In case you’re new to 80,000 Hours, this is what we do: we advise talented graduates on how to maximise the social impact of their careers. Currently, we do this through our online guide and one-on-one coaching. We help graduates find the meaningful careers they want, while moving more talent to the world’s most pressing problems.

        The key documents in the review are:

        In brief, this year we made major improvements to our online guide, leading to 400% growth in the monthly rate of significant plan changes (our key impact metric). Our President wrote a book that Steve Levitt described as “required reading for anyone interested in making the world better,” we quickly met our fundraising stretch target, and we were admitted to the world’s top startup accelerator, Y Combinator. We did all this despite a smaller budget and two staff with long-term illness.

        We also made plenty of mistakes.

        In total, to date we’ve caused 188 significant plan changes. As a result of our help, these people:

        • Have founded five professional non-profits that likely wouldn’t exist without us.
        • Have entered careers such as research and politics.

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        What’s it like being a non-profit in Y Combinator?

        Now the obligatory Tech Crunch article is out, I’m thrilled to announce we’ve been in Y Combinator (YC) since June. YC is widely regarded as the world’s best startup accelerator, and has supported companies such as AirBnB, Reddit and Dropbox. It provides investment and intensive coaching over three months.

        I’ve had a lot of questions about YC over the last couple of days. Here’s answers to the most common questions, plus an update on our progress since we were admitted.


        What do you get as a non-profit in YC, and why did you join?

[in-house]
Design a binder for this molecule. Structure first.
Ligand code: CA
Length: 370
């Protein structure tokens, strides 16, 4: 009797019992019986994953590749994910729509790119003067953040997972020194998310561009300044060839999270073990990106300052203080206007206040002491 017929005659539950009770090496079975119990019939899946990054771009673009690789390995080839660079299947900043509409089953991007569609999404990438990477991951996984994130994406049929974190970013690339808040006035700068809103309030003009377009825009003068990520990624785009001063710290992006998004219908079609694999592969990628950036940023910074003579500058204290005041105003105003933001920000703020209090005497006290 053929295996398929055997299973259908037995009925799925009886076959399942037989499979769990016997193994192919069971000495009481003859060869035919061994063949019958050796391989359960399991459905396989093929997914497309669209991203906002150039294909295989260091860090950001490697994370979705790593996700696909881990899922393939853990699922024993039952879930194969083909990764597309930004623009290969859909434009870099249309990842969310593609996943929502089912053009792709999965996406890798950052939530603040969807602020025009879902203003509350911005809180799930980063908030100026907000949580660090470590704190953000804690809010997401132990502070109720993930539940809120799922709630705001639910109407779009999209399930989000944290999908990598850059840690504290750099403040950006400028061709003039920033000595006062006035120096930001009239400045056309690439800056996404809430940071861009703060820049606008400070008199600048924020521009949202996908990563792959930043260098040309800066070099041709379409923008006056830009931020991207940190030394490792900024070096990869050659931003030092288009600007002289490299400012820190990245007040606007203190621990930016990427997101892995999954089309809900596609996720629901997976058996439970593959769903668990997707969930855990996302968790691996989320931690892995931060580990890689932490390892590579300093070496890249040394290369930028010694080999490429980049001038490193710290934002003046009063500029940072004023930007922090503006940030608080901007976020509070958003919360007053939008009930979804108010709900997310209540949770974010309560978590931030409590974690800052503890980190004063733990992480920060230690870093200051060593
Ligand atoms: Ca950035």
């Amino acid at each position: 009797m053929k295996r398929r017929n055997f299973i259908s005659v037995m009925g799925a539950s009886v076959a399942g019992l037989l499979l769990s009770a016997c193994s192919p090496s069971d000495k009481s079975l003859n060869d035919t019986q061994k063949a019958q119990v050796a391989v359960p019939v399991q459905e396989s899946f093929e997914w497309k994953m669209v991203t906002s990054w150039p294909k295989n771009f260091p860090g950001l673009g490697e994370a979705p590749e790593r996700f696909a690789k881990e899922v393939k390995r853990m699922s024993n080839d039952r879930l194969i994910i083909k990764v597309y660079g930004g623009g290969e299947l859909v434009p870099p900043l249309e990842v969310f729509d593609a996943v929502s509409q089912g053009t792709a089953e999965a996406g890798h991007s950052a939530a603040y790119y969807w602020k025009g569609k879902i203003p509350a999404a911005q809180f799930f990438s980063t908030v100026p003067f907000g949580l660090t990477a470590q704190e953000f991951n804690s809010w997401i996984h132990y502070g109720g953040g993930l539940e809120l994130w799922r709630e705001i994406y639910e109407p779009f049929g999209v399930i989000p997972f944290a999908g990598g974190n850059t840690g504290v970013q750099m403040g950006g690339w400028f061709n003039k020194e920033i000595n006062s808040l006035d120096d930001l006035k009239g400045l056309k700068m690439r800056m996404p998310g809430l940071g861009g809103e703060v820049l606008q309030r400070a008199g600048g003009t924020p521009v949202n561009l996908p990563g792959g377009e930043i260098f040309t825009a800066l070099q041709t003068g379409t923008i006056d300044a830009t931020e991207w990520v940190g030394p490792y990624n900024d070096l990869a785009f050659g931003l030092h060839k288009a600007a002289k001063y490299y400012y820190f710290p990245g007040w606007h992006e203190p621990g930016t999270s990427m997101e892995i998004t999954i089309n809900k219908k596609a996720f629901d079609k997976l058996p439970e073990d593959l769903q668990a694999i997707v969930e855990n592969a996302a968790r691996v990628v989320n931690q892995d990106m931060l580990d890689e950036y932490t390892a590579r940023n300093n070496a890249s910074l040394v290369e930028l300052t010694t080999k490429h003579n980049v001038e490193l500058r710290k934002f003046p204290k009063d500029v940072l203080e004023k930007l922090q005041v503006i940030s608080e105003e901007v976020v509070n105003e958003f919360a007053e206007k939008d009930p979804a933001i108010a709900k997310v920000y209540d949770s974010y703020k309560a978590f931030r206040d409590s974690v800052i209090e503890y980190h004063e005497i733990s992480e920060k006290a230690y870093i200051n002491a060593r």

Instead of $120,000 of investment, you get a $100,000 donation. Otherwise, you’re treated almost exactly the same as a for-profit. This means:

        • There are two partners who look after you. You meet them once every 1-2 weeks. We’re looked after by Dalton Caldwell and Paul Bucheit, the founder of Gmail.
        • Kate Courteau, head of the non-profit program also looks out for us.
        • You can also request office hours with any of the other 20 or so partners. We’ve had great office hours with Kevin Hale, the founder of Wufoo, on web design, and Sam Altman, the President of YC, on strategy. We’ve also had some very useful legal help from YC’s lawyers.
        • Paul Graham is retired, but you get to meet him once. Unfortunately, we didn’t yet.
        • There’s a dinner each Tuesday where they bring in a tech leader to talk off-the-record,

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        Plans for the coming year May 2015

        This report explains our strategy and plans for the next year, and is part of our annual review.

        Moving from discovery phase to growth phase

        We’ve seen the last three years as our “discovery phase” (as explained in our last business plan). We didn’t immediately focus on growth because first we wanted to answer the following questions:

        1. Could we make significant progress on the issue of how best to choose a career with social impact?
        2. Would people listen to our research and change their career plans?
        3. Would they follow through with these plan changes and actually increase their impact?
        4. Could we bring about these plan changes scalably and cost-effectively?
        5. Do we have a working funding model?